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Phil Tanner, 1862-1950

This article, by John Ormond Thomas, appeared in the March 19, 1949 edition of Picture Post. Spellings which were accepted at that time have been retained here for the sake of authenticity. For the articles by Doug Fraser and Roy Harris which appeared in the February/March 2000 edition of Taplas, the Voice of Folk in Wales, go to the bottom of this page.

phil tanner stickTHE OLD SINGER OF GOWER

PHIL Tanner, one of the finest of Britain's folk-singers, is spending his last days in obscurity in an Eventide Home in South Wales. Not enough of his songs are written down, or the music recorded.

Phil Tanner is 87. For well over half a century he has sung tradition songs and ballads learned fom his father and grandfather in his native Gower, the lovely peninsula that juts out between Swansea and Llanelly. He has made a few records for a famous company, but they are no longer listed in the catalogues; and he has broadcast a little. That was years ago. He still sings with most of the skill and feeling his years have taught him. A natural artist, he does so for the extreme pleasure he gets from it; singing has been his long life's love. He now lives in the Eventide Home at Penmaen, overlooking the Bristol Channel. Only the old are there to hear as he sings, and they, in their age, do not always listen. He has no children to whom he can pass on his songs. The rest of the jiving, be-boping, brass banded world goes by.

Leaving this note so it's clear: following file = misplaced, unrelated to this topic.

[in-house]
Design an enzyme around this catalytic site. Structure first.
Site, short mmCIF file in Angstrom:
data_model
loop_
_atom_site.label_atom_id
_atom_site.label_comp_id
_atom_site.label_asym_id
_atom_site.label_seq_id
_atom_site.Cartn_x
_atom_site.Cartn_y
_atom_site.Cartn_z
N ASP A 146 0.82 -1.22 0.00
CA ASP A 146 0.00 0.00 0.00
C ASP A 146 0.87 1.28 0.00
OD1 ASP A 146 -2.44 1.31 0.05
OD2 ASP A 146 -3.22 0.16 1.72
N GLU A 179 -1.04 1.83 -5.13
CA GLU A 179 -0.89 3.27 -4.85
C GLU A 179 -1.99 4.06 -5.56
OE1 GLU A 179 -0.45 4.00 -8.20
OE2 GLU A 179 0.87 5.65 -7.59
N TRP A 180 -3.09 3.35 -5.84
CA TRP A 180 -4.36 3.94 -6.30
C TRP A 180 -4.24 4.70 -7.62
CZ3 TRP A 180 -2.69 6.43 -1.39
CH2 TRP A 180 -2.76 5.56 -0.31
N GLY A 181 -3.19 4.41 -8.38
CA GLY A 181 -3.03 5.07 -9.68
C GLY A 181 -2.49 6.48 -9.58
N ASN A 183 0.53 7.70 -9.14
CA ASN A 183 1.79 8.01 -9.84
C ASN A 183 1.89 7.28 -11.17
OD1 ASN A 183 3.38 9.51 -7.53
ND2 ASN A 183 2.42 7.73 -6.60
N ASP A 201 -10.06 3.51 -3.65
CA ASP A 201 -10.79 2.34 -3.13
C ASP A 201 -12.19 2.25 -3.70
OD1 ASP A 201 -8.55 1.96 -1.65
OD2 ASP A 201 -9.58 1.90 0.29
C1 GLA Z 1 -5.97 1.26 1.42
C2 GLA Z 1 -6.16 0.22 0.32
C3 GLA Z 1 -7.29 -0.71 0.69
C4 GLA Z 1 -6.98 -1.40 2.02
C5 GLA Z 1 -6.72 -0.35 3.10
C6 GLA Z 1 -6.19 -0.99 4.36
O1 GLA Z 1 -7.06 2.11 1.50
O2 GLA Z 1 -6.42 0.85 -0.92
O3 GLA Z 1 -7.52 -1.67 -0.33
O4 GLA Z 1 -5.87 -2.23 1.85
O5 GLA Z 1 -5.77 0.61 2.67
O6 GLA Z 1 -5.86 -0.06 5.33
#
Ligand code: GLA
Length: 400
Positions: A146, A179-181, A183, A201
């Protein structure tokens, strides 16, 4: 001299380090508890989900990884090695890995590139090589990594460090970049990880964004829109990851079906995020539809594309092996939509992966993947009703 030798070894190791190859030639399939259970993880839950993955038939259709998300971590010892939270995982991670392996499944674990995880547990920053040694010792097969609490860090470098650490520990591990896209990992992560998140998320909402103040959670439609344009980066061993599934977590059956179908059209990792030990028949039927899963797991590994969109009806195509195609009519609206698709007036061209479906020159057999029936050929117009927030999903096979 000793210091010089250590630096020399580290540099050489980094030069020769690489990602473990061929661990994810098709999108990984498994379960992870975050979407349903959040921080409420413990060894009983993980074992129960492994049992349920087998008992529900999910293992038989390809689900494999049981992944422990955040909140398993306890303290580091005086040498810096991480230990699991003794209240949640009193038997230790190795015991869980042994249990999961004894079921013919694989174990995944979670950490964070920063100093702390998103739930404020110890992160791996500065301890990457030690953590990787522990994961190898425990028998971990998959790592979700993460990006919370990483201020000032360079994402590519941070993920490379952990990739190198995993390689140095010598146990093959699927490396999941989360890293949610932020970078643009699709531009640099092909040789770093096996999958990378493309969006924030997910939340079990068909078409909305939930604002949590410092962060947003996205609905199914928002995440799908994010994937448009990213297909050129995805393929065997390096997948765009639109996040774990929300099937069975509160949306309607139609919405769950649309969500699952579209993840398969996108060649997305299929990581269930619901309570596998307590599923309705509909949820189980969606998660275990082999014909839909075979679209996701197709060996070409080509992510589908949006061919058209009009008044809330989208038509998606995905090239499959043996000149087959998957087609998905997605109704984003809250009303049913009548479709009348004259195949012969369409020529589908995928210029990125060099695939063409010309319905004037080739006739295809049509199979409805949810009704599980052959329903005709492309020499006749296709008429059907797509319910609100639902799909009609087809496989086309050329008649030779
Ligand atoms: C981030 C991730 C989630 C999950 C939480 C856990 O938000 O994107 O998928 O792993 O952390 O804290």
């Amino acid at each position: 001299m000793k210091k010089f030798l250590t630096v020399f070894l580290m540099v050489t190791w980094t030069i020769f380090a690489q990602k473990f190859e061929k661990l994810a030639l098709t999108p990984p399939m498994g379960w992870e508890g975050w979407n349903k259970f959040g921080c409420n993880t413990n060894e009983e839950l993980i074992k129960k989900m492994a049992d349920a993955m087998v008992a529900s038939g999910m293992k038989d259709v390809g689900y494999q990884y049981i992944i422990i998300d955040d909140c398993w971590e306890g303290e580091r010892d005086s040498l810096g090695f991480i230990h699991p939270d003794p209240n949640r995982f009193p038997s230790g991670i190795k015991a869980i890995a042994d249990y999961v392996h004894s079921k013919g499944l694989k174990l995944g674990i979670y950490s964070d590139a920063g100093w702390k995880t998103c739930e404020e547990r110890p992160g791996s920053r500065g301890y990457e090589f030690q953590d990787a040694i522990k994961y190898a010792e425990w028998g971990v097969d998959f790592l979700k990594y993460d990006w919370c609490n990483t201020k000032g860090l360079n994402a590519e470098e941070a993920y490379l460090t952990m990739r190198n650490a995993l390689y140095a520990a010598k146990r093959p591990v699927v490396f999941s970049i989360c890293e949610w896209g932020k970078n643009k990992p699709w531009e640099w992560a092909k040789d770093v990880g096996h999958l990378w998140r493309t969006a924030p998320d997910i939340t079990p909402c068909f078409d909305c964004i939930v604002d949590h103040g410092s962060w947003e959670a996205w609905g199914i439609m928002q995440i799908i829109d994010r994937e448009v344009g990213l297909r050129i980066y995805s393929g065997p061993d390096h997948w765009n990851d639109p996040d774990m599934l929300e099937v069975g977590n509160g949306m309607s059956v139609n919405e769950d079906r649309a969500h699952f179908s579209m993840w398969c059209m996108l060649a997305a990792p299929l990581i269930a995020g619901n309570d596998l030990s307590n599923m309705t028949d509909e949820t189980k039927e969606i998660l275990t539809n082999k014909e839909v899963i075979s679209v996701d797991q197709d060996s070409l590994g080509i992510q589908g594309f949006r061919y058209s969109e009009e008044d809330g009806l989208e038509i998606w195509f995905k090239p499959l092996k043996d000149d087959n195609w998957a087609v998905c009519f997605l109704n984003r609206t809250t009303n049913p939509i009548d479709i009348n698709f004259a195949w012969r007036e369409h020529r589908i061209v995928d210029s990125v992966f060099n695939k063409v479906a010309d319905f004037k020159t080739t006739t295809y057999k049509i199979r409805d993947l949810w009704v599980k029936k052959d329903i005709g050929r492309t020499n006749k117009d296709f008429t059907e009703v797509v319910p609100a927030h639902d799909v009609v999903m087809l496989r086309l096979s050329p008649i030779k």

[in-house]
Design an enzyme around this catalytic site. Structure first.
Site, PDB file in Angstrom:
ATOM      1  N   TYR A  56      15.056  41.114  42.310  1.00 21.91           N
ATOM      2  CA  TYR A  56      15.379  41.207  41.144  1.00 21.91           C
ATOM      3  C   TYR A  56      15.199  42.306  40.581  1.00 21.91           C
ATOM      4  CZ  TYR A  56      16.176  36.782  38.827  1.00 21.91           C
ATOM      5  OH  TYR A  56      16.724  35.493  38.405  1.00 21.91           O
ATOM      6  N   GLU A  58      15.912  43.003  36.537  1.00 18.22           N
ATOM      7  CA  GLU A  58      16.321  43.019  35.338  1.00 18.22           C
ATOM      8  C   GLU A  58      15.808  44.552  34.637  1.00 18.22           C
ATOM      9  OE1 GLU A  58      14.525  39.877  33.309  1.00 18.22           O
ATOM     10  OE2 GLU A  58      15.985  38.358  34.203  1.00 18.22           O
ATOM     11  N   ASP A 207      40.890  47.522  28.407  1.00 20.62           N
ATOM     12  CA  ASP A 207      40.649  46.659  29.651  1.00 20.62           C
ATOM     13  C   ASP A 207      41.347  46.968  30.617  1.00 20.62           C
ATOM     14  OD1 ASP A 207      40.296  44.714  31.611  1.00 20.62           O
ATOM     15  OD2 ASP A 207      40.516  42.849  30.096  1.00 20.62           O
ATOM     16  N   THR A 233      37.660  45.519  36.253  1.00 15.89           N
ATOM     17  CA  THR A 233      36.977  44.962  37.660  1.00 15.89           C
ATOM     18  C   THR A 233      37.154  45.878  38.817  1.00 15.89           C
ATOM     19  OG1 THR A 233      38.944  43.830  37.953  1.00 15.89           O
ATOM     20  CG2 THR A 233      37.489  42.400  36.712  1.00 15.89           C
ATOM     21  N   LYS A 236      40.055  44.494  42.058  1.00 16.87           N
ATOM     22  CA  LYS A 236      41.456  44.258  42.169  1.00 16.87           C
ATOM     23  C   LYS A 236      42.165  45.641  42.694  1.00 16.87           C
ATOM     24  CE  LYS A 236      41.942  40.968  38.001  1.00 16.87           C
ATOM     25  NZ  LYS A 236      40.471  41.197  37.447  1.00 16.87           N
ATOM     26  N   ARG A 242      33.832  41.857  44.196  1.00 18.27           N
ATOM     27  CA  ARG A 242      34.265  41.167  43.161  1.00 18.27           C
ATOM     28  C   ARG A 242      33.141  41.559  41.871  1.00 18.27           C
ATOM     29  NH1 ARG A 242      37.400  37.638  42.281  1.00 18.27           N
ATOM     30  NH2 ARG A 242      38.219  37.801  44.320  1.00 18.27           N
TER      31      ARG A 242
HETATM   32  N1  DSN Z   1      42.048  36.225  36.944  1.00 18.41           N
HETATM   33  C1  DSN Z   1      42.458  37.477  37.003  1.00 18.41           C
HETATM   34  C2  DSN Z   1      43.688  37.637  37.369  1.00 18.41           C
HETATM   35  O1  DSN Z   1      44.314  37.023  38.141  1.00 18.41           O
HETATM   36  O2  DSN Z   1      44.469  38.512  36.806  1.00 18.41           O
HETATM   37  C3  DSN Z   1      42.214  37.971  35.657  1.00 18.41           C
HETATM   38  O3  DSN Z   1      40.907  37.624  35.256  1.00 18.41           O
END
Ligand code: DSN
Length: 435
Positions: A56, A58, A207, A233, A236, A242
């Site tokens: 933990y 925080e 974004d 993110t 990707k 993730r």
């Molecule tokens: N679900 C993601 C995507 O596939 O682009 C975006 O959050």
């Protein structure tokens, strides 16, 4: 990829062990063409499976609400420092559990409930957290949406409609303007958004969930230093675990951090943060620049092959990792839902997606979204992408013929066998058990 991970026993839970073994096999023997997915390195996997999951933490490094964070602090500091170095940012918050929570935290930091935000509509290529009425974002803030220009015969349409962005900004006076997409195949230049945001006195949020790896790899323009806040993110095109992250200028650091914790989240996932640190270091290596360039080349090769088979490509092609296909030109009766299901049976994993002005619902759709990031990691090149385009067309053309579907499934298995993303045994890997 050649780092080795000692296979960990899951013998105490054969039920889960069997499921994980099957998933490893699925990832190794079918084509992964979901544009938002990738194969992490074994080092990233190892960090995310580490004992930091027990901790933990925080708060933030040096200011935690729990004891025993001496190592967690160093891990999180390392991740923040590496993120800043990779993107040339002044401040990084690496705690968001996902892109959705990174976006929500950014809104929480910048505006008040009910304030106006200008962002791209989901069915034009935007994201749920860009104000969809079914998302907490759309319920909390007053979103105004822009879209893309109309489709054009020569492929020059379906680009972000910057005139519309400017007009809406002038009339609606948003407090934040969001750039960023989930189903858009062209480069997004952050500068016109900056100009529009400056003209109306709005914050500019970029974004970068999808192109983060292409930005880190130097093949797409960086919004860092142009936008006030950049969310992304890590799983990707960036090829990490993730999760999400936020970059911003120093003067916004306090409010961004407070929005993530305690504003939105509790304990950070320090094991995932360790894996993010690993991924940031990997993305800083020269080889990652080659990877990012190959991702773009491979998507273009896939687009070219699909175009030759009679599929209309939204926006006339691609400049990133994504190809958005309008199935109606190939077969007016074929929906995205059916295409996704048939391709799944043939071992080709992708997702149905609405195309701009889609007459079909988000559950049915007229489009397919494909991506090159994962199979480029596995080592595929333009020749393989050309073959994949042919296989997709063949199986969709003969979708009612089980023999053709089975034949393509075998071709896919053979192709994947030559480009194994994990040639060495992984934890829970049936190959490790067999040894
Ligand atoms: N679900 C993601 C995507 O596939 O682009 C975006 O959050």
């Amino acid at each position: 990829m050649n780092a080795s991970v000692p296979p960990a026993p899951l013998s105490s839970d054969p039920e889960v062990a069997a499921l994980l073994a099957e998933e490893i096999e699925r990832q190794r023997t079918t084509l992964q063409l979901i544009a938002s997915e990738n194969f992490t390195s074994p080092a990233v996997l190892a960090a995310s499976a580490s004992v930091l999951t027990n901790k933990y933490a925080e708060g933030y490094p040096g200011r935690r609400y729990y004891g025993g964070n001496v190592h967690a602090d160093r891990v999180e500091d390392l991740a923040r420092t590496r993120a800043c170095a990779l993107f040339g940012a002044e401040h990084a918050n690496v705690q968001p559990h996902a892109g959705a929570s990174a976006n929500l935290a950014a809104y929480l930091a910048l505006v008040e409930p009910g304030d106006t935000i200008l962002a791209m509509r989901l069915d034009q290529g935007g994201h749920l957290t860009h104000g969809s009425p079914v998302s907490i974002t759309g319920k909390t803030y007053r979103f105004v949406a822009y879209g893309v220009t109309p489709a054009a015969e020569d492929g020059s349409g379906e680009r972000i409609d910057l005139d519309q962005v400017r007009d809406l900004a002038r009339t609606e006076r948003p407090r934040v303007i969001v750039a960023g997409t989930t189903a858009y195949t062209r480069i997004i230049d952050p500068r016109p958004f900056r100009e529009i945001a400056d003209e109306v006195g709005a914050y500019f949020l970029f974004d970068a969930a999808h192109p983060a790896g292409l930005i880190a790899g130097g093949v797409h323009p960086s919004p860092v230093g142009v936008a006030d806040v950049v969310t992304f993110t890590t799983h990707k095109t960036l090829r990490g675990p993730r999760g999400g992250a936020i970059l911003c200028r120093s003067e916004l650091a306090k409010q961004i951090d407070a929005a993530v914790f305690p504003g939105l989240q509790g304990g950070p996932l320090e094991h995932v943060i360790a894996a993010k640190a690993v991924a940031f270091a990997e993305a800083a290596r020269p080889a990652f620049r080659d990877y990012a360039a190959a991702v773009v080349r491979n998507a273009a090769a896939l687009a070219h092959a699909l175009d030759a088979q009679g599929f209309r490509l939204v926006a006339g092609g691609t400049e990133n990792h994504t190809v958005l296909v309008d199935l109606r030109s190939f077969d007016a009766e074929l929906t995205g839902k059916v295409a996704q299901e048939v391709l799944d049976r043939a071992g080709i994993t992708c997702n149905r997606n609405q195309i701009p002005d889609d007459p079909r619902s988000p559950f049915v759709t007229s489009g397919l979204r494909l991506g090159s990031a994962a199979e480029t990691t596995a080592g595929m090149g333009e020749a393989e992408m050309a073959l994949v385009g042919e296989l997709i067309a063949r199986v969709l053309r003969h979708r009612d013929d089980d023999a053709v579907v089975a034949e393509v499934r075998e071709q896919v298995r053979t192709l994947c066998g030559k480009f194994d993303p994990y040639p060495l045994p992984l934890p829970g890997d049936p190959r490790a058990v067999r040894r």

Tanner's family were weavers who owned and worked two mills in the village of Llangennith. Phi, the youngest of six sons, began work in them when he was still small enough to need a box to stand on before he could reach the looms. But when the time came for him to choose on the kind of job he wanted, he chose to be a farm labourer.

All his brothers were singers, but Phil rapidly gained the greatest reputation. In him were embodied, somehow, the abilities of the rest. Apart from the traditional songs, he easily committed to memory and more, to heart - the many verses of all the Victorian ballads as soon as they were heard anywhere in the locality. His name and fame in Gower grew with his repertoire, and for the next two generations no celebration within miles was complete without him cracking a song or six.

Llangennith was noted for its rough-and-ready inhabitants, who had the amenities of four public houses at hand where many of the hamlets about, even today, could not boast one. Its menfolk were willing to bet on practically anything quoits, cock-fighting, raindrops running down a window. Phil would 'sing down' all comers. He would give song for any opponent's song, and when he had won, as he invariably did, he would throw in five more, or ten, or a dozen more, depending on his mood, so that he drew right out in front. Then, with Robert Herrick, he could have said:

I sing of Brooks, of Blossoms, Birds and Bowers;
Of April, May, of June, and July Flowers.
I sing of May-poles, Hock-carts, Wassails, Wakes,
Of Bridegrooms, Brides, and of their Bridal Cakes.